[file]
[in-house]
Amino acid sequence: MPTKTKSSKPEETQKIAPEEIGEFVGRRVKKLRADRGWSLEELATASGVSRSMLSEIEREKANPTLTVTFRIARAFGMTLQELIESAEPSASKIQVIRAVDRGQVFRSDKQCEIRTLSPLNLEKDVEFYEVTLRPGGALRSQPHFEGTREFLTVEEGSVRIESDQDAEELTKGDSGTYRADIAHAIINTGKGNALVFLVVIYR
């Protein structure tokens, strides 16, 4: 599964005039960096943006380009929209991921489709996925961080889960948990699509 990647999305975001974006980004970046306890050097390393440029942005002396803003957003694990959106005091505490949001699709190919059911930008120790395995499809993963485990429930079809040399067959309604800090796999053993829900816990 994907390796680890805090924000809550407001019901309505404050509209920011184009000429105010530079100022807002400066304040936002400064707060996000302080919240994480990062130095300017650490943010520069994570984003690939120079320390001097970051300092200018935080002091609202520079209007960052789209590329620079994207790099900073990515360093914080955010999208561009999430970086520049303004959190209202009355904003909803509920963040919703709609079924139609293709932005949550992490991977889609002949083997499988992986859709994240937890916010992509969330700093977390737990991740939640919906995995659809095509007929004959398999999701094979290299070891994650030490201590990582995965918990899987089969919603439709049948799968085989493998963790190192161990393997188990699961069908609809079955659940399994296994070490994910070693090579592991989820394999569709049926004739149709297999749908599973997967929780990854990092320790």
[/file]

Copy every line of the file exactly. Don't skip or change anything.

[in-house]
Amino acid sequence: MPTKTKSSKPEETQKIAPEEIGEFVGRRVKKLRADRGWSLEELATASGVSRSMLSEIEREKANPTLTVTFRIARAFGMTLQELIESAEPSASKIQVIRAVDRGQVFRSDKQCEIRTLSPLNLEKDVEFYEVTLRPGGALRSQPHFEGTREFLTVEEGSVRIESDQDAEELTKGDSGTYRADIAHAIINTGKGNALVFLVVIYR
């Protein structure tokens, strides 16, 4: 599964005039960096943006380009929209991921489709996925961080889960948990699509 990647999305975001974006980004970046306890050097390393440029942005002396803003957003694990959106005091505490949001699709190919059911930008120790395995499809993963485990429930079809040399067959309604800090796999053993829900816990 994907390796680890805090924000809550407001019901309505404050509209920011184009000429105010530079100022807002400066304040936002400064707060996000302080919240994480990062130095300017650490943010520069994570984003690939120079320390001097970051300092200018935080002091609202520079209007960052789209590329620079994207790099900073990515360093914080955010999208561009999430970086520049303004959190209202009355904003909803509920963040919703709609079924139609293709932005949550992490991977889609002949083997499988992986859709994240937890916010992509969330700093977390737990991740939640919906995995659809095509007929004959398999999701094979290299070891994650030490201590990582995965918990899987089969919603439709049948799968085989493998963790190192161990393997188990699961069908609809079955659940399994296994070490994910070693090579592991989820394999569709049926004739149709297999749908599973997967929780990854990092320790």